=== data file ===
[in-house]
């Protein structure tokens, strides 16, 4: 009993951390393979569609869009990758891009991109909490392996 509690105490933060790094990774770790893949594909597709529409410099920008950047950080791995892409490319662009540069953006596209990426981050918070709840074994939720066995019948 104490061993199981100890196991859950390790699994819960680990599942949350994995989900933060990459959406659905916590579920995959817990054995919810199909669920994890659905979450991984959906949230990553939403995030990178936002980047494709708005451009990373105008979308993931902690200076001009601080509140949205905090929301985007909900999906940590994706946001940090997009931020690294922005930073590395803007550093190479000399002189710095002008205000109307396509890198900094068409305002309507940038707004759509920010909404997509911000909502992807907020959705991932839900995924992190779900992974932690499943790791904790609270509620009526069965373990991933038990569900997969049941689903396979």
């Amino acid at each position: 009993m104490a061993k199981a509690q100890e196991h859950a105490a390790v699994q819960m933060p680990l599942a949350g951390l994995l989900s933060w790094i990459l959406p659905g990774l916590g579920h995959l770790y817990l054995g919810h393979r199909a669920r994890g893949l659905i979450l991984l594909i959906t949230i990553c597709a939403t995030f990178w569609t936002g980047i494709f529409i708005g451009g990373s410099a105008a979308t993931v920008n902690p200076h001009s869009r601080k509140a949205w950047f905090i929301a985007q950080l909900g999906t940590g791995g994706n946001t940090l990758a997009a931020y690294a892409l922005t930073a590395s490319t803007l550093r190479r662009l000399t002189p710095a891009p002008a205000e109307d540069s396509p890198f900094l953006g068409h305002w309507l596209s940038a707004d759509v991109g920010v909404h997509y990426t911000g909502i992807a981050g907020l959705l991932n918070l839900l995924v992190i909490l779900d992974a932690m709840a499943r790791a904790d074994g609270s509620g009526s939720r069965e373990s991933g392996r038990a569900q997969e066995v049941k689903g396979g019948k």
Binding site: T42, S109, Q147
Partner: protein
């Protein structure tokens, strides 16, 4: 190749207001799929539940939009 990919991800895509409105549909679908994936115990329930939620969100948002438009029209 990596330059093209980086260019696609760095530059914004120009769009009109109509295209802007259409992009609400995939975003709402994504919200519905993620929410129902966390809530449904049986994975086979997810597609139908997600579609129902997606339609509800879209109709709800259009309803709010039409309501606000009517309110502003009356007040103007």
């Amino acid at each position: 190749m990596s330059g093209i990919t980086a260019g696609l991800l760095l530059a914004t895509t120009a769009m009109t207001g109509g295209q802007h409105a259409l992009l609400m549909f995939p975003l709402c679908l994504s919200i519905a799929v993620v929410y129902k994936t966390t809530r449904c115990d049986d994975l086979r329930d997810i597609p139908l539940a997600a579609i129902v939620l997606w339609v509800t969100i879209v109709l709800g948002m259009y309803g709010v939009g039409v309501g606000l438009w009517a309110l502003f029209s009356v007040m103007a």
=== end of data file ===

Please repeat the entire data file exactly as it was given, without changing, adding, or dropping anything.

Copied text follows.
[in-house]
């Protein structure tokens, strides 16, 4: 009993951390393979569609869009990758891009991109909490392996 509690105490933060790094990774770790893949594909597709529409410099920008950047950080791995892409490319662009540069953006596209990426981050918070709840074994939720066995019948 104490061993199981100890196991859950390790699994819960680990599942949350994995989900933060990459959406659905916590579920995959817990054995919810199909669920994890659905979450991984959906949230990553939403995030990178936002980047494709708005451009990373105008979308993931902690200076001009601080509140949205905090929301985007909900999906940590994706946001940090997009931020690294922005930073590395803007550093190479000399002189710095002008205000109307396509890198900094068409305002309507940038707004759509920010909404997509911000909502992807907020959705991932839900995924992190779900992974932690499943790791904790609270509620009526069965373990991933038990569900997969049941689903396979």
């Amino acid at each position: 009993m104490a061993k199981a509690q100890e196991h859950a105490a390790v699994q819960m933060p680990l599942a949350g951390l994995l989900s933060w790094i990459l959406p659905g990774l916590g579920h995959l770790y817990l054995g919810h393979r199909a669920r994890g893949l659905i979450l991984l594909i959906t949230i990553c597709a939403t995030f990178w569609t936002g980047i494709f529409i708005g451009g990373s410099a105008a979308t993931v920008n902690p200076h001009s869009r601080k509140a949205w950047f905090i929301a985007q950080l909900g999906t940590g791995g994706n946001t940090l990758a997009a931020y690294a892409l922005t930073a590395s490319t803007l550093r190479r662009l000399t002189p710095a891009p002008a205000e109307d540069s396509p890198f900094l953006g068409h305002w309507l596209s940038a707004d759509v991109g920010v909404h997509y990426t911000g909502i992807a981050g907020l959705l991932n918070l839900l995924v992190i909490l779900d992974a932690m709840a499943r790791a904790d074994g609270s509620g009526s939720r069965e373990s991933g392996r038990a569900q997969e066995v049941k689903g396979g019948k």
Binding site: T42, S109, Q147
Partner: protein
């Protein structure tokens, strides 16, 4: 190749207001799929539940939009 990919991800895509409105549909679908994936115990329930939620969100948002438009029209 990596330059093209980086260019696609760095530059914004120009769009009109109509295209802007259409992009609400995939975003709402994504919200519905993620929410129902966390809530449904049986994975086979997810597609139908997600579609129902997606339609509800879209109709709800259009309803709010039409309501606000009517309110502003009356007040103007």
């Amino acid at each position: 190749m990596s330059g093209i990919t980086a260019g696609l991800l760095l530059a914004t895509t120009a769009m009109t207001g109509g295209q802007h409105a259409l992009l609400m549909f995939p975003l709402c679908l994504s919200i519905a799929v993620v929410y129902k994936t966390t809530r449904c115990d049986d994975l086979r329930d997810i597609p139908l539940a997600a579609i129902v939620l997606w339609v509800t969100i879209v109709l709800g948002m259009y309803g709010v939009g039409v309501g606000l438009w009517a309110l502003f029209s009356v007040m103007a």